TWA Flight 800

National Transportation Safety Board
Long Island, NY

Aircraft Reconstruction

The NTSB objective was to reassemble the recovered pieces of the plane's fuselage, as well as the main fuel cell, keel beam, cargo areas, and pressure deck, in a manner that permitted viewing of the reassembled surfaces and installation of the passenger seating in the reconstruction. In addition, it was essential that the reassembled aircraft structure could be rolled out of the hangar after completion. Additionally challenging, the reconstruction had to be completed under a very rigid schedule of just over four months.


WJE was retained by the National Transportation Safety Board (NTSB) to carry out the reconstruction of a 94-foot segment of the TWA Flight 800 Boeing 747 aircraft that crashed off of Long Island, New York, on July 17, 1996.


WJE's first objective for the reconstruction was to design, fabricate, deliver, and erect a skeletal framework capable of supporting the recovered pieces of the plane's fuselage and related elements. The framework design had to satisfy several criteria: minimize alterations to recovered pieces of the aircraft; minimize viewing obstructions; accommodate substantial dimensional distortions; and allow installation of recovered cabin components. Then, a team of two WJE engineers and two technicians rigged, positioned, and attached the pieces of the damaged aircraft on the truss to reconstruct the airliner to its approximate original geometry. Finally, the WJE team designed a system to permit the reconstructed segment to be moved.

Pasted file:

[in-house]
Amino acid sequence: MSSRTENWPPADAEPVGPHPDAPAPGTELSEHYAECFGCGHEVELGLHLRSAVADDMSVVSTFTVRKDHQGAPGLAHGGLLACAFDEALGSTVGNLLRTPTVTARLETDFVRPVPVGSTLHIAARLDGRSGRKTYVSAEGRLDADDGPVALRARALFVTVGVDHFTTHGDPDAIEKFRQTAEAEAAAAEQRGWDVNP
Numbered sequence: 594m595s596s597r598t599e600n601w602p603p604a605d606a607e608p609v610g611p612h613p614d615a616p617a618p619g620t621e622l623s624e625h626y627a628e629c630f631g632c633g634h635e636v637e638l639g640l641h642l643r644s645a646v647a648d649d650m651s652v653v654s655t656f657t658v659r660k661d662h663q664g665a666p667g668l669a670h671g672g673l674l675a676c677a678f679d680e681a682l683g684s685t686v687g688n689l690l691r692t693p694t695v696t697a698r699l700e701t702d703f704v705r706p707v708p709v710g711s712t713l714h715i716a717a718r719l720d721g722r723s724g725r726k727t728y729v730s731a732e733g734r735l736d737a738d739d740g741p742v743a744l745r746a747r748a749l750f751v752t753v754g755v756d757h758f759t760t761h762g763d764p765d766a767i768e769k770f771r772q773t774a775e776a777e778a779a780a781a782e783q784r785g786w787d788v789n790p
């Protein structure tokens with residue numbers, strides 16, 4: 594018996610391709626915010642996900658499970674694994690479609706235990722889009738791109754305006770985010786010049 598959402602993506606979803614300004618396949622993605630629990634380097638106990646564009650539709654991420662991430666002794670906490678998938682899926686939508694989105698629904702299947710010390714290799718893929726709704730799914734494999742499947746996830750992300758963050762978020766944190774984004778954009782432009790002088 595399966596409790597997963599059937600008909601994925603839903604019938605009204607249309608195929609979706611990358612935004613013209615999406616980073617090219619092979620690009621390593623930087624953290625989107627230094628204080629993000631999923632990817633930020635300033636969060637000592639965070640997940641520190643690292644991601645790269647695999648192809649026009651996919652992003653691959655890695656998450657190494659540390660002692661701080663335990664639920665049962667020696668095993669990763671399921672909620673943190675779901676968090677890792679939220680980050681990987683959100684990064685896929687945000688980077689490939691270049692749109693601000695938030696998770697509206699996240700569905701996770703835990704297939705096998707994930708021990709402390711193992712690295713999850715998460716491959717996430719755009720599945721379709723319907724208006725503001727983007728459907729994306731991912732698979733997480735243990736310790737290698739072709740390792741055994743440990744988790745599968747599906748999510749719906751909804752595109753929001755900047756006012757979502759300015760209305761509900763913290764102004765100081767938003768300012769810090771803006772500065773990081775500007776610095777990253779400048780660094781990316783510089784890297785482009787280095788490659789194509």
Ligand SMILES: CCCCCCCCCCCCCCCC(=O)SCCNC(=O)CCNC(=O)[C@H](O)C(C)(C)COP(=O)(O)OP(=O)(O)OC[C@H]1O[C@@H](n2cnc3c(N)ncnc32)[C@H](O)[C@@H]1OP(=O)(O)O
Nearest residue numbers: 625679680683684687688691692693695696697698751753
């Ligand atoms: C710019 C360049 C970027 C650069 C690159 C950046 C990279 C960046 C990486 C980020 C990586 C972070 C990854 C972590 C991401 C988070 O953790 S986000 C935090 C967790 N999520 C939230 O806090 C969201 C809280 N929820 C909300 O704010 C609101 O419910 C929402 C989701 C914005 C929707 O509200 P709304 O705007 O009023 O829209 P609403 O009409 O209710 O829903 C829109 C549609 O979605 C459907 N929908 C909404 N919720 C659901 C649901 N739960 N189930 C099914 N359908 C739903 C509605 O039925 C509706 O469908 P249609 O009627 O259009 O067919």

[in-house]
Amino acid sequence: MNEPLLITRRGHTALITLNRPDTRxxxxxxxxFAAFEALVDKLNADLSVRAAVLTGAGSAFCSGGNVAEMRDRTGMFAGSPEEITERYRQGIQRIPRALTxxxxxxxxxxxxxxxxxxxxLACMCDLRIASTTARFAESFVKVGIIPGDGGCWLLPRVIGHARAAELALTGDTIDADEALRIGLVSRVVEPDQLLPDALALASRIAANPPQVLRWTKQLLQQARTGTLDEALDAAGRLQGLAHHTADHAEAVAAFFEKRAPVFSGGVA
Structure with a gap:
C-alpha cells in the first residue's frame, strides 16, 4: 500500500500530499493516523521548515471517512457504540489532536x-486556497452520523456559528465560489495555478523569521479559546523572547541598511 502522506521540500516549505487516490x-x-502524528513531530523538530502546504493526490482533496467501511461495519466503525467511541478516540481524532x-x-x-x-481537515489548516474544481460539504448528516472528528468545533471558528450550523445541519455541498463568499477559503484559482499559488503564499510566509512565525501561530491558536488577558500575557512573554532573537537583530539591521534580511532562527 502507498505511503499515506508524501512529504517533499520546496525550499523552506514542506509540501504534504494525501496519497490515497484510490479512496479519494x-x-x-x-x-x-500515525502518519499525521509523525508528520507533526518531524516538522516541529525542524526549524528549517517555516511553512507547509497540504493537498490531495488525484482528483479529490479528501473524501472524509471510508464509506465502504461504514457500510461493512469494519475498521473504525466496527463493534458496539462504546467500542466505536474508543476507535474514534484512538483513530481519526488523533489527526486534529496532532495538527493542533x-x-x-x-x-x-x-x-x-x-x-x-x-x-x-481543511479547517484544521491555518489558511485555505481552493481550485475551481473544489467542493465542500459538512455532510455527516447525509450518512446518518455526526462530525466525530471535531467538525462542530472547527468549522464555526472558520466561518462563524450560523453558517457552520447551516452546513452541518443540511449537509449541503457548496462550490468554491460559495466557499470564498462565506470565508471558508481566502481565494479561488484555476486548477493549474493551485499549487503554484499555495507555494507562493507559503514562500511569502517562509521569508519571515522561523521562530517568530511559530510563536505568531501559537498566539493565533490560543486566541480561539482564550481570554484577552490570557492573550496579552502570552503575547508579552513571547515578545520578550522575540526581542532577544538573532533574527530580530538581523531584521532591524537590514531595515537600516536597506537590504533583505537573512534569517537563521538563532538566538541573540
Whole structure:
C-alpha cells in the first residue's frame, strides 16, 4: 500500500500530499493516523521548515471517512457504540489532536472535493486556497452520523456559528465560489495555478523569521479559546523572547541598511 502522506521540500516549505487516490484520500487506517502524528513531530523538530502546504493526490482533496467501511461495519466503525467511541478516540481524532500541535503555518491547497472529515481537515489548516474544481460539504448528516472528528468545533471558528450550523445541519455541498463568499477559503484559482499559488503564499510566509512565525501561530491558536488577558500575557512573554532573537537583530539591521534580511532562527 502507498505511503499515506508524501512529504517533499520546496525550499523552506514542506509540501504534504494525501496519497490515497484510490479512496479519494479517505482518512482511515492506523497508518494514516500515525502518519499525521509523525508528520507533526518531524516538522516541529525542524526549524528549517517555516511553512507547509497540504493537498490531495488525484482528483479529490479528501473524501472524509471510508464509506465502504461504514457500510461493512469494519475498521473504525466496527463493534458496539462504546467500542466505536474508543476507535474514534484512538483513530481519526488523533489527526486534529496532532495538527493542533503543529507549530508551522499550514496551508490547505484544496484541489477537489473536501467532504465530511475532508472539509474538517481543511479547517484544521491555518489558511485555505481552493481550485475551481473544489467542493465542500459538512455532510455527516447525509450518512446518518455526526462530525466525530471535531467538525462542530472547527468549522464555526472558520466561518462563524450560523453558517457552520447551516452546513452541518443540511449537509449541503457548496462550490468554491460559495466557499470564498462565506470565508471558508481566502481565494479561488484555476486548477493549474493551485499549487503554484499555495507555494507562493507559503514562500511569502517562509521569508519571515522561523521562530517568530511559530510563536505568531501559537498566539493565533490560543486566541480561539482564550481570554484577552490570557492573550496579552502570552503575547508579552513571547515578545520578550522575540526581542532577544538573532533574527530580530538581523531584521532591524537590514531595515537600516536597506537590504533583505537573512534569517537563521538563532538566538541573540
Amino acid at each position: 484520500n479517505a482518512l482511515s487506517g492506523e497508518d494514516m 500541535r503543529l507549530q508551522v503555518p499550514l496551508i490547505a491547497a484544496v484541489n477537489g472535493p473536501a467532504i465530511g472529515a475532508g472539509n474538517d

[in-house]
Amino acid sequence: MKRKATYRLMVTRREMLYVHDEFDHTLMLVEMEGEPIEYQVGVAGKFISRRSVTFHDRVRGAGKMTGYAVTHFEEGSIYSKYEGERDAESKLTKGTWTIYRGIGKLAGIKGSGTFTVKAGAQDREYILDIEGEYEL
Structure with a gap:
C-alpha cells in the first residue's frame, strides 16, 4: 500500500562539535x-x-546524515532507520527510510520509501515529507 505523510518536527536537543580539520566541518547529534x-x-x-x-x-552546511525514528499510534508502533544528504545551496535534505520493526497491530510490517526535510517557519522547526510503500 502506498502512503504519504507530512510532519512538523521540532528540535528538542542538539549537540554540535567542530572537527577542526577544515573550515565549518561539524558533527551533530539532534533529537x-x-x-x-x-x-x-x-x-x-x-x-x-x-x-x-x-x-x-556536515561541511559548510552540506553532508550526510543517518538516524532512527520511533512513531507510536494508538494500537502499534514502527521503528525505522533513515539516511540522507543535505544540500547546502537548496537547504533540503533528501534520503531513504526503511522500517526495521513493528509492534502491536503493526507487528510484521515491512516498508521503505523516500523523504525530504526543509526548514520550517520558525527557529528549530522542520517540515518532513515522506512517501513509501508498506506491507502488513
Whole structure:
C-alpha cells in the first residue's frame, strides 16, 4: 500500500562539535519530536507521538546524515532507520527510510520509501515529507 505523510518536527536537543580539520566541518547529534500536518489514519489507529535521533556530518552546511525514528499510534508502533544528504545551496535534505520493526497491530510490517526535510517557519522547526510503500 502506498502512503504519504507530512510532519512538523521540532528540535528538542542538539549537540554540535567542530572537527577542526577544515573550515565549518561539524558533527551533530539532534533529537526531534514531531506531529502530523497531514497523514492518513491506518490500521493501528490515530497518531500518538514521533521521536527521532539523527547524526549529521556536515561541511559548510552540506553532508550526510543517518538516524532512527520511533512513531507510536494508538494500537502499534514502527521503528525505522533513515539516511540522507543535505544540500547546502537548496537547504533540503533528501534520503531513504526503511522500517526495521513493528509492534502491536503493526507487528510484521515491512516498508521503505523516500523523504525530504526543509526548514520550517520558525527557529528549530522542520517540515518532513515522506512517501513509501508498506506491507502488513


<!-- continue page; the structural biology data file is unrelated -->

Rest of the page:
WJE designed a support system and outlined procedures that met the project objectives in a timely and cost-effective manner. The entire project was accomplished within six weeks of notice to proceed.